The Elani trio (left) and MCSK CEO Maurice Okoth

Forget their colourful outfits that border on the absurd, Elani, a contemporary Afro-fusion musical group are up in arms fighting for their rightful share of the music royalties pie, and that is not absurd.

Beneath their coolness and great vocals that serenade many a fan, members of the group are accusing Music Copyright Society of Kenya (MCSK) of cheating them out of their hard-earned money.

The trio of Wambui Ngugi, Maureen Kunga and singer-cum-lawyer Edward Chweya are now demanding an MCSK and payment of owed royalties.

In a no-holds-barred interview with The Nairobian, the group shot from the hip at MCSK. “If radio stations banks, taxi owners, bus owners, matatu owners, salons, kinyozis and event organisers remit money to MCSK, why aren’t we getting paid?” posed Wambui.

MCSK who have been lately accused of misappropriation of funds by various groups, however dismissed Elani’s accusations as false. MCSK, in an email to The Nairobian, said they paid broadcast royalties to Elani totalling to Sh31,000 for July 2013 to June 2014 logs.

“We approved Elani’s membership on May 9, 2014 upon which we uploaded their music on our website. MCSK’s legal obligation to members begins upon approval of membership,” read the email.

Wambui, however, dismissed MCSK’s claims, saying they only received their remittance after lodging a complaint. “If you check our email correspondence with MCSK, you will note that we indeed received money after complaining. It happened because we realised we were not breaking even after having a successful year and decided to critically check out our music revenue,” Wambui explained.

But there seems to be queries that need addressing from the umbrella music group, as it emerged that Elani were further compensated for raising their voices. MCSK officials are said to have hastily paid an extra Sh300,000 to the group in lump sum. This raises even more questions.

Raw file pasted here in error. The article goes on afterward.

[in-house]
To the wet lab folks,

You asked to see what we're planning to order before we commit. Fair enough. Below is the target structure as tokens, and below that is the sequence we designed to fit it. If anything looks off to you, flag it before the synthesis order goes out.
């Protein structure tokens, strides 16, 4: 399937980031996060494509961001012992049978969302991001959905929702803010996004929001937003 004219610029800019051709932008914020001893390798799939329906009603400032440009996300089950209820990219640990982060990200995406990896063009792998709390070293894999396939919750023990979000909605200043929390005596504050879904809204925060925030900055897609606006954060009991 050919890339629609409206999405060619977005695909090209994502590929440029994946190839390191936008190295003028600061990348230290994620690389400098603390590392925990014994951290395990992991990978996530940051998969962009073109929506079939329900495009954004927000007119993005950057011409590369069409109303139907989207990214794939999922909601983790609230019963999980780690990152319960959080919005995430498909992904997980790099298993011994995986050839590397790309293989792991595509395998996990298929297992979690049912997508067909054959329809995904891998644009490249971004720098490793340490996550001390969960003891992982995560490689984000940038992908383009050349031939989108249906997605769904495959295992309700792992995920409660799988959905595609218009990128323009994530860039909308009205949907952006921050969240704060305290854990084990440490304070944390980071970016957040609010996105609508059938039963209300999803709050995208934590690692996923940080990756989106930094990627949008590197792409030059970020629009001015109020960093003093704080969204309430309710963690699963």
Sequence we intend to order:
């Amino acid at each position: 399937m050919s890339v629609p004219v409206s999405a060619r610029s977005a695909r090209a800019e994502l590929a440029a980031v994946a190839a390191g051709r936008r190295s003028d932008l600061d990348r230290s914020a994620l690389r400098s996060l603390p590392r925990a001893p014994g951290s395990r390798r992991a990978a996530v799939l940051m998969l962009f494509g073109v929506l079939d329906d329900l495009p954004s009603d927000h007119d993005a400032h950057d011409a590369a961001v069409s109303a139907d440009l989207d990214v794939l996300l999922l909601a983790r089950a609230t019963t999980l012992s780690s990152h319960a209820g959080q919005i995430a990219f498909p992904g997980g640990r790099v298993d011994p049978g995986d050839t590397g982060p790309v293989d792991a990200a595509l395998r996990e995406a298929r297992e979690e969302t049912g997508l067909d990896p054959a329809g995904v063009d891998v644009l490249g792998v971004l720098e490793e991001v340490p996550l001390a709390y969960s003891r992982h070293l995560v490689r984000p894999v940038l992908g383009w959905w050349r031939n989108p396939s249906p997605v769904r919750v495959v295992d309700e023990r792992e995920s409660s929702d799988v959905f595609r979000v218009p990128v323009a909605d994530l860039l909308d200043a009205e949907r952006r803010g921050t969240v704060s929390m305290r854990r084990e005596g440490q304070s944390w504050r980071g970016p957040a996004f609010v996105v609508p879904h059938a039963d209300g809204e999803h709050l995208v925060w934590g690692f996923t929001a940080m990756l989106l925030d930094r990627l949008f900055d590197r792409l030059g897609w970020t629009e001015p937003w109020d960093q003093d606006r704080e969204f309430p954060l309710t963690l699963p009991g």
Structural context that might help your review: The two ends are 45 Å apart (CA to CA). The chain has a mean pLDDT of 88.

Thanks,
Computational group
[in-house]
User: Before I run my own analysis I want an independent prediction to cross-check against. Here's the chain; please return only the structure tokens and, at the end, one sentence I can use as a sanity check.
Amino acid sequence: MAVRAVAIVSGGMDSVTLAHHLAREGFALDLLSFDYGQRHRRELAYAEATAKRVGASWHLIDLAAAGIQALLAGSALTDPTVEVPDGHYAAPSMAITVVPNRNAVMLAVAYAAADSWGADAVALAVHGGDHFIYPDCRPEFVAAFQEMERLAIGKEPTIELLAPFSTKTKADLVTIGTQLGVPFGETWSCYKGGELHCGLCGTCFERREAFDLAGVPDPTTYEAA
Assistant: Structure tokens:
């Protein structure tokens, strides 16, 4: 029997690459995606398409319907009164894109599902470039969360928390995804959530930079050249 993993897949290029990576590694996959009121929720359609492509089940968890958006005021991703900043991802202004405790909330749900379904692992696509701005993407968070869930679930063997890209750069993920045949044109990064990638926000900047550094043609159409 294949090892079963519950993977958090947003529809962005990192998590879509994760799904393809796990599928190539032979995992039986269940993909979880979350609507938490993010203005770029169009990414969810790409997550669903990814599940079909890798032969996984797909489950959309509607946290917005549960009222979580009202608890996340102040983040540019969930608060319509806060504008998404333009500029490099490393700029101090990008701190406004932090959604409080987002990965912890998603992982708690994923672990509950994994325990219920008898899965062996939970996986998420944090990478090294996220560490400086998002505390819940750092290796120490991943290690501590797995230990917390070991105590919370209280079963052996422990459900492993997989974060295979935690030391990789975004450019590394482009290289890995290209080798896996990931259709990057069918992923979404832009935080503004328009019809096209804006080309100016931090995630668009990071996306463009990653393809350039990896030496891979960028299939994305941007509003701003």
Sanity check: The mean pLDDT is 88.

But MCSK has defended the disbursement of the additional Sh300,000 to Elani as compensation due to inaccuracies in log sheets that had not been communicated.

“This compensation of Sh300,000 followed due process. The approval was made by the finance committee,” read a statement from MCSK.

But things are far from rosy for the copyright society, whose accounts have been frozen following allegations of fraud and complaints from members. Almost a year ago, controversial gospel singer Ringtone (Alex Apoko) mobilised fellow artistes to protest over MCSK’s alleged misappropriation of their royalties.

Currently, four of the MCSK accounts have been frozen.MCSK chief executive Maurice Okoth was arrested over fraud related accusations. Okoth was accused of obtaining Sh800 million by false pretence. There were even allegations that Okoth had transferred some of the money to his wife Shamilla Kiptoo’s bank accounts. “This is a court matter, but we have tabled evidence against those charges on our website,” he said.

During the court case in November 2015, Afro-fusion musician Achieng’ Abura lauded the government, through the office of the Director of Public Prosecutions (DPP) for the “bold move taken against the MCSK leadership.”

She was quoted as saying that, “It has been the bane of musicians that has left artistes suffering as a few enrich themselves to a level that is truly despicable. They are truly slippery fellas, so I hope the DPP will ensure artistes get justice. The government has finally done its part and taken to task those who collect money ‘on behalf of music artistes’.”